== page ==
An important resource in the Erie Community is asking for help. The Shriner’s Hospital for Children telethon starts at 5pm and runs until 8pm. This is the fourth year that WJET has teamed up with Shriner’s to host this event.
It was 1927 when the Shriner’s in Erie opened the Zem Zem Hospital for Crippled Children, primarily to care for kids with polio. When you walk through the doors at Shriner’s Hospital for Children today, it’s a much different experience. Traci Teudhope takes a look at how the building and the mission have evolved over the last 90 years.
Our own Raychel Vendetti, Cancer Survivor, tells us, “I love how bright it is; how welcoming it is.” It’s safe to say the same ray of sunshine inspired a local group of Shriners to create the Sunshine Valley Camp back in 1924. And, that camp continues to run through the Shriner’s Hospital for Children in Erie today.
“It makes me happy to know that I was a part of the past,” says Vendetti. “And now, working in this industry and getting a chance to see where they are now and where they’ll be in the future…”
Raychel Vendetti was a patient at Shriner’s Hospital as a child, enduring years of surgeries and physical therapy leading up to an eventual cancer diagnosis. Much has changed since then. “The way hospitals were set [were] very different. We were [in] giant wards, curtains separating each patient. [My family] couldn’t stay overnight with me. It’s very scary being a young child in that situation.”
In her recovery, Raychel returned to Shriner’s to learn to walk with a new, prosthetic leg. “Everybody there; they’re wonderful and a lot of nurses and physical therapy are still there.”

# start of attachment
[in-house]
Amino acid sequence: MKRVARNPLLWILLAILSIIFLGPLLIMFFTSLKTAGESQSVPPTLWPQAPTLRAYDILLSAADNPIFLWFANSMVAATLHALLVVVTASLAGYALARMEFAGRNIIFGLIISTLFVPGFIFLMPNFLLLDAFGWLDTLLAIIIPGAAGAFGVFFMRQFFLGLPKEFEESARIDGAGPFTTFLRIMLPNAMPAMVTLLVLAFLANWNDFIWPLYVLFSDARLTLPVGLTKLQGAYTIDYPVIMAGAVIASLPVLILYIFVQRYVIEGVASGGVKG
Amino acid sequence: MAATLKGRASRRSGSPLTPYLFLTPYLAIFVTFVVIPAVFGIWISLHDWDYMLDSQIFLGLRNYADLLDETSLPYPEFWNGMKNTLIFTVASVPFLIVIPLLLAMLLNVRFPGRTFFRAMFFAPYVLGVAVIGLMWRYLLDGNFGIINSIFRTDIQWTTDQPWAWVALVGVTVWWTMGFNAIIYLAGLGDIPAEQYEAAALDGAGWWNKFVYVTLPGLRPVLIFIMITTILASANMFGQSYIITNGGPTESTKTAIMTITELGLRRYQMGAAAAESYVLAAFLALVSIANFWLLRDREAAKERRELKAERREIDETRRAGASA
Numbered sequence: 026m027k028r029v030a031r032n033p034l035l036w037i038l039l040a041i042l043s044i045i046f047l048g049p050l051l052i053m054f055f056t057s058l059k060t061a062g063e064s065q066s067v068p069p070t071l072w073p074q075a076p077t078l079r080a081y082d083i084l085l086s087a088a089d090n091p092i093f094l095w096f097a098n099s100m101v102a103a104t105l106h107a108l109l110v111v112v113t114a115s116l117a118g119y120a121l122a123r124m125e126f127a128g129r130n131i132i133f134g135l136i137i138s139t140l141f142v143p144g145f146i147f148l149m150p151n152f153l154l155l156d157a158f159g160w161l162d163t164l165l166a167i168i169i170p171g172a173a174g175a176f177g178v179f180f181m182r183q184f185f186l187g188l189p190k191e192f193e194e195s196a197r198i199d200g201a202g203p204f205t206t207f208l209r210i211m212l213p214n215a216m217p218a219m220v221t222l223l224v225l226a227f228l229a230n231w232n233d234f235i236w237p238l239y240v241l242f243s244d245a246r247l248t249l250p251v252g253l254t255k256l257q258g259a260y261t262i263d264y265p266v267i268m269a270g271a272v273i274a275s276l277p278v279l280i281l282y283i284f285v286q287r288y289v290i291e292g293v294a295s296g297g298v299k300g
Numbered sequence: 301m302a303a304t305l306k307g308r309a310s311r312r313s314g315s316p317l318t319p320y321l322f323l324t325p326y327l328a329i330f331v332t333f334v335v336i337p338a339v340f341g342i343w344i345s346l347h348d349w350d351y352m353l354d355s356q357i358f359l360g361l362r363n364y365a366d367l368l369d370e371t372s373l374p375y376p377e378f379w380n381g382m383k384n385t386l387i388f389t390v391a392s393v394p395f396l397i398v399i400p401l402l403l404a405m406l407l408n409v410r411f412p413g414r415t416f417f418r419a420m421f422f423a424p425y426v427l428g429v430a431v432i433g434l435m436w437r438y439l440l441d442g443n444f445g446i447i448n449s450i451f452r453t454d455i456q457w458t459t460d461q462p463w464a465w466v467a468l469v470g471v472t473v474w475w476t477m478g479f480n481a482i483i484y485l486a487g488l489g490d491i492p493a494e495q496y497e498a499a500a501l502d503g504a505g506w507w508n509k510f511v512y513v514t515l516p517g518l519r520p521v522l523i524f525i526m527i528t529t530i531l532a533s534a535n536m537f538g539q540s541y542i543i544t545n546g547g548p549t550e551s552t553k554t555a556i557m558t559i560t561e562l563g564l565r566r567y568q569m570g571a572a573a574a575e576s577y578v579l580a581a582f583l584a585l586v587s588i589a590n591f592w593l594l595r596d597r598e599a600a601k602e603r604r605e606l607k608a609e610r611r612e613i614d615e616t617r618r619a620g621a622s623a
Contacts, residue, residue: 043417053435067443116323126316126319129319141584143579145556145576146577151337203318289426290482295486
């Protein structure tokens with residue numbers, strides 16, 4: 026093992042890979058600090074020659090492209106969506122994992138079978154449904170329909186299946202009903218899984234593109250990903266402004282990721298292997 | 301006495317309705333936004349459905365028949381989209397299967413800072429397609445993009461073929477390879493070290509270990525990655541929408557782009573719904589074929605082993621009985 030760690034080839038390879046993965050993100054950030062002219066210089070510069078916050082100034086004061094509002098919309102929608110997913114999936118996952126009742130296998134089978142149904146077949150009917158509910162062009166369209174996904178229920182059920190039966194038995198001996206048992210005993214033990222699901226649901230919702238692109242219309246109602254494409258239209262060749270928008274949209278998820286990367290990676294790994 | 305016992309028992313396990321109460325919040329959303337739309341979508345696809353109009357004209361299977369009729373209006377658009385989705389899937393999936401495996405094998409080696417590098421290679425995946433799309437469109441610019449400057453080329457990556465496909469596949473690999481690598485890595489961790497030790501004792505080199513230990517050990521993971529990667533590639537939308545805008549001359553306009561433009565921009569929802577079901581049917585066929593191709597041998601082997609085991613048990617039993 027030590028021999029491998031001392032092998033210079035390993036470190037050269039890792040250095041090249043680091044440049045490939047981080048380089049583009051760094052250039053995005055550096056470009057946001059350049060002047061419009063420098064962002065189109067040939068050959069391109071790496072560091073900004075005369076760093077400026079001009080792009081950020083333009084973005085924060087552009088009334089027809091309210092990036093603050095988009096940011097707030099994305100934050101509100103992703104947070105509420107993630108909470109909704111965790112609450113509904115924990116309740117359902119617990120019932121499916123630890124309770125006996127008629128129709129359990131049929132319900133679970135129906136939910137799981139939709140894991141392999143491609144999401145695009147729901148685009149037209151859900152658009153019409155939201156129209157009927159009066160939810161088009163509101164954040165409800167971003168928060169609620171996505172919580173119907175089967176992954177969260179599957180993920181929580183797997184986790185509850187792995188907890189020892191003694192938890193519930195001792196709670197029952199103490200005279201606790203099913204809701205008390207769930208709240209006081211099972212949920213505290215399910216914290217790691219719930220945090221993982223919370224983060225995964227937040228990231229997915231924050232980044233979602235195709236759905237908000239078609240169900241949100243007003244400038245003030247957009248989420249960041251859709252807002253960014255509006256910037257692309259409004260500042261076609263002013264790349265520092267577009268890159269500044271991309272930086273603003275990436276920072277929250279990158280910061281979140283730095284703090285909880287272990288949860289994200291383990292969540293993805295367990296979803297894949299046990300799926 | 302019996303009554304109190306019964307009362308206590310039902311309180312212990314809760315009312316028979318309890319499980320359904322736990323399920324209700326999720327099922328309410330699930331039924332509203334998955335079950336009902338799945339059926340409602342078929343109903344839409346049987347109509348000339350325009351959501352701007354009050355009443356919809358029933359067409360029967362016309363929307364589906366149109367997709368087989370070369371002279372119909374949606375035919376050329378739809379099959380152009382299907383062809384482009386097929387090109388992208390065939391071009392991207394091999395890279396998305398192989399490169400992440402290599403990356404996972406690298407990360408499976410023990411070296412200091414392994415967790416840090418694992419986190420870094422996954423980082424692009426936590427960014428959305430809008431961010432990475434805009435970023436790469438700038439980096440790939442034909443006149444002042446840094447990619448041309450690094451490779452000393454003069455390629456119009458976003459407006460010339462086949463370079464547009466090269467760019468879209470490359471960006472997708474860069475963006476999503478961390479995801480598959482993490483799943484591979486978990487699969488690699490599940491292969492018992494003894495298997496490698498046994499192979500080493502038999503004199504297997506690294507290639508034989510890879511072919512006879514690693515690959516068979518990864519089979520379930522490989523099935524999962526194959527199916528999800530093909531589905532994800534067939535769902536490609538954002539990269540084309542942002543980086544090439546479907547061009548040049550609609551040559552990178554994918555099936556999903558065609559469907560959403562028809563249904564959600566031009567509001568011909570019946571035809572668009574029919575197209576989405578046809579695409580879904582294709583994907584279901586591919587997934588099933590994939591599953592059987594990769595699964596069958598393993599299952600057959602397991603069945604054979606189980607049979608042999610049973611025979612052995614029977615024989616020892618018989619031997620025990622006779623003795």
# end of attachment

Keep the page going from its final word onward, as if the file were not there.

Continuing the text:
There’s an obvious reason for the longevity of their staff. Greg Hall tells us, “the ‘Shrine’ has always been committed to the Erie region to fill that void in pediatric orthopedics… people think of us for rare things like scoliosis, cerebral palsy, but we see all pediatrics, so fractures, sprains, those sorts of things as well.”
Regardless of the reason for a child’s visit, Shriner’s aims to offer hope, comfort, and healing.
Hall says it’s Shriner’s mission that has always set them apart. “It allows our physicians to have a conversation with family… what is the right plan of care for this child? It’s not what is the right plan of care that insurance will reimburse.”
Call now or stop at the hospital on West 8th Street, just west of Frontier Park. We’re accepting your donations right outside the front door until 8pm. You can also phone in your donations now, and after 8pm, you can donate online.
To make a pledge, please dial 814-875-8888.